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Does the chauvinist pig next to you make more because he’s sexist?

Categories: career, caregiving, feminism


A shocking, to some, study [pdf] came out last month in the Journal of Applied Psychology concluding that men who hold sexist ideals make more money than anyone else. So what does this mean to us working girls and the good guys out there?

For one it says that the workforce is still rewarding men for outdated attitudes. It is an indicator that the outdated model our workforce operates under rewards those who play the game according to the rules. This report also proves that wage gaps are not just an outcome for women’s poor decisions. You know, taking time off to care for children or other such frivolous things that signal to supervisors that you aren’t serious about your job. It puts a nail in the coffin of meritocracy. Yes, we should all continue to work our hardest, but never again should we allow someone (paging Senator McCain) tell us that hard work and being the best is the way that people rise to the top.

But most importantly this report tells us that legislation like the Equal Pay Act will only take us so far in the quest for equality and fairness.

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Do you feel guilty when you leave your kids for a trip? Or do you do the Carlton dance?

Categories: career


As I write hundreds of women are swarming into the Bay Area for Blogher (not me, I’m still here in Chicago!), many of them are moms and I guess that most of them left their kids at home. Over on Twitter I’ve seen at least two moms express guilt after leaving the kids for their weekend away. I also have a friend who is currently on a business trip who Twittered about having time to read a book and the big comfy chair in her hotel room.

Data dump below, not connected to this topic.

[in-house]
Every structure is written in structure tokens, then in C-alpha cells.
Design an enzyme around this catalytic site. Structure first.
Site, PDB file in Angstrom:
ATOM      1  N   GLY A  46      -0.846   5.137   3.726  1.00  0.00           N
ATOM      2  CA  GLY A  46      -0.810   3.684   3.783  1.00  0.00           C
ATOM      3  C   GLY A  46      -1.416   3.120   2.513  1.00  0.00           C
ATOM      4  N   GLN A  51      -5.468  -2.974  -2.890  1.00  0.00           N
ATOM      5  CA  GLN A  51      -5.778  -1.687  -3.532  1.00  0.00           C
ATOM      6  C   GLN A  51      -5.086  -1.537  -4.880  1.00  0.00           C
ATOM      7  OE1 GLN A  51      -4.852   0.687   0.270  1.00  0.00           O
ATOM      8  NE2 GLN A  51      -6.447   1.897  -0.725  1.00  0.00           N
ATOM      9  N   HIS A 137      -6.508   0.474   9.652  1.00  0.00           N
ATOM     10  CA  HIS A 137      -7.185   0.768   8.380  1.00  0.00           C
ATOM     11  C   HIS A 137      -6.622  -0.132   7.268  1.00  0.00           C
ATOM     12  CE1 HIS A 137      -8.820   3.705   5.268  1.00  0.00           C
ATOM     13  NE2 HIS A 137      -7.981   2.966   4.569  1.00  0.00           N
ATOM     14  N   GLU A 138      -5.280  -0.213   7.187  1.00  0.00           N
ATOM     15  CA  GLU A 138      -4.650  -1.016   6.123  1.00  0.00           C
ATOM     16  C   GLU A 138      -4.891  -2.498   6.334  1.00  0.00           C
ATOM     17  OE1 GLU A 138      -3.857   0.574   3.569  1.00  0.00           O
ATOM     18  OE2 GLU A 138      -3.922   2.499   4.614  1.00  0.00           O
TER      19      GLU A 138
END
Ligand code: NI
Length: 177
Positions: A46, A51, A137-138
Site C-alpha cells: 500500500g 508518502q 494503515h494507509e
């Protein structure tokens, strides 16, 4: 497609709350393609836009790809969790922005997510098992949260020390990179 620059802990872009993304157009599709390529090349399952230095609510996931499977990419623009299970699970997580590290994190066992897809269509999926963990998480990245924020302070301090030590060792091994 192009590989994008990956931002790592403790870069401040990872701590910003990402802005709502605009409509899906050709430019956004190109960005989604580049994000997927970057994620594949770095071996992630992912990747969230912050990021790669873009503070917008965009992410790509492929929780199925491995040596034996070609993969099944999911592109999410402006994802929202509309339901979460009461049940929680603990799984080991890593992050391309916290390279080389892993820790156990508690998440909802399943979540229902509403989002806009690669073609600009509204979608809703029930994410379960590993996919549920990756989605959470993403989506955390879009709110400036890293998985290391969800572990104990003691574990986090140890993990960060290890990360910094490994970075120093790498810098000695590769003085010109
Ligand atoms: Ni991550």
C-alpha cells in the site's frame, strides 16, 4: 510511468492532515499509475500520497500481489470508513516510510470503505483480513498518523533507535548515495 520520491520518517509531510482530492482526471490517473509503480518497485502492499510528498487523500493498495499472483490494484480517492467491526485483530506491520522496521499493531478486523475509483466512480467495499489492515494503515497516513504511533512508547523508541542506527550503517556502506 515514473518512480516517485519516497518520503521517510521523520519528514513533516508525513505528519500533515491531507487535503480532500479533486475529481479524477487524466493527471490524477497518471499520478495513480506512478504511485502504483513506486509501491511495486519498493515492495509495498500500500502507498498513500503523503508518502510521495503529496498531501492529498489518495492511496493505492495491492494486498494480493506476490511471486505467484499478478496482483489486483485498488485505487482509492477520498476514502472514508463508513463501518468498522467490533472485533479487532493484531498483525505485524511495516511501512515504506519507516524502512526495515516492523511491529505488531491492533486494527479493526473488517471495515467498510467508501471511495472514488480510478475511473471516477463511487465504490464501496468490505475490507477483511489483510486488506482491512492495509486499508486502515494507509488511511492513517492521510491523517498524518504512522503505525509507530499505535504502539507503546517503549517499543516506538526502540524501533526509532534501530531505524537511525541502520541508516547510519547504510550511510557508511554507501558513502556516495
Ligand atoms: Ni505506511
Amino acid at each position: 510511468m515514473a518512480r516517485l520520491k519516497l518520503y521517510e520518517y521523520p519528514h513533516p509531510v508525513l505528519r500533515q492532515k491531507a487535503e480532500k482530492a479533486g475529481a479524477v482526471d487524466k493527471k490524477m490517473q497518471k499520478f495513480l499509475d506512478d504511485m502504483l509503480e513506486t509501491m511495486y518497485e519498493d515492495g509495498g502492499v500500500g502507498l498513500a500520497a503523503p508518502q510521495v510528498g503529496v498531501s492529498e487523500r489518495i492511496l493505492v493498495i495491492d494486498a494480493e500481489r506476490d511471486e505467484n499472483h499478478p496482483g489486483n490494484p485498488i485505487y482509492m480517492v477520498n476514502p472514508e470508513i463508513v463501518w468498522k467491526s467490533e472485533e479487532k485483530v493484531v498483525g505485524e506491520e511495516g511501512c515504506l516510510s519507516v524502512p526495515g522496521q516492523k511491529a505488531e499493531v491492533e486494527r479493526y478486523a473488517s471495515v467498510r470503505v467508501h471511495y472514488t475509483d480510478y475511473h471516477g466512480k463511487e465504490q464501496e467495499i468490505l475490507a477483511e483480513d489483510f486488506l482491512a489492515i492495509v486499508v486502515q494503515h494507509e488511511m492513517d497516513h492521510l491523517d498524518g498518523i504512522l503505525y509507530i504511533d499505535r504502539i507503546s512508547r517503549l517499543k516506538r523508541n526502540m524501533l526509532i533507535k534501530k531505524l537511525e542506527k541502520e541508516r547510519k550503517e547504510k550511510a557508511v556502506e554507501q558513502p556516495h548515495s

I’ve just been accepted to a media training program out of the Women’s Media Center in New York City. This means that in the next nine weeks I’ll be traveling to the Big Apple three times. Yikes! While my daughter has been classified as a “wash & go” kid, she expresses more and more apprehension when it’s time for mama to hit the road. Luckily she’s still in love with mama so she’d be more than happy to come with than for me to just stay home. Yet when it’s time for me to say good-bye I do have a pang of guilt.

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What makes a working mom? Is every mom a working mom?

Categories: career, caregiving, mommy wars


Every mom a working mom This site is called “Work it, Mom!” and the tag line says, “a place where working moms connect/de-stress/share advise/find support.” Does that mean that we are only a place for 40-hour working outside the home moms? I say no.

After joining this community, I’ve had a few conversations with other moms about whether or not they would be welcome here. Moms who use to work full-time in an office but are not staying home, but also working freelance. Moms who never worked after they had their children but sell something in the evenings (make-up, jewelry, kitchen ware, etc.). Women who aren’t moms, but feel a kinship to their mommy friends.

My verdict? Everyone is welcome to this site and I’ll tell you why.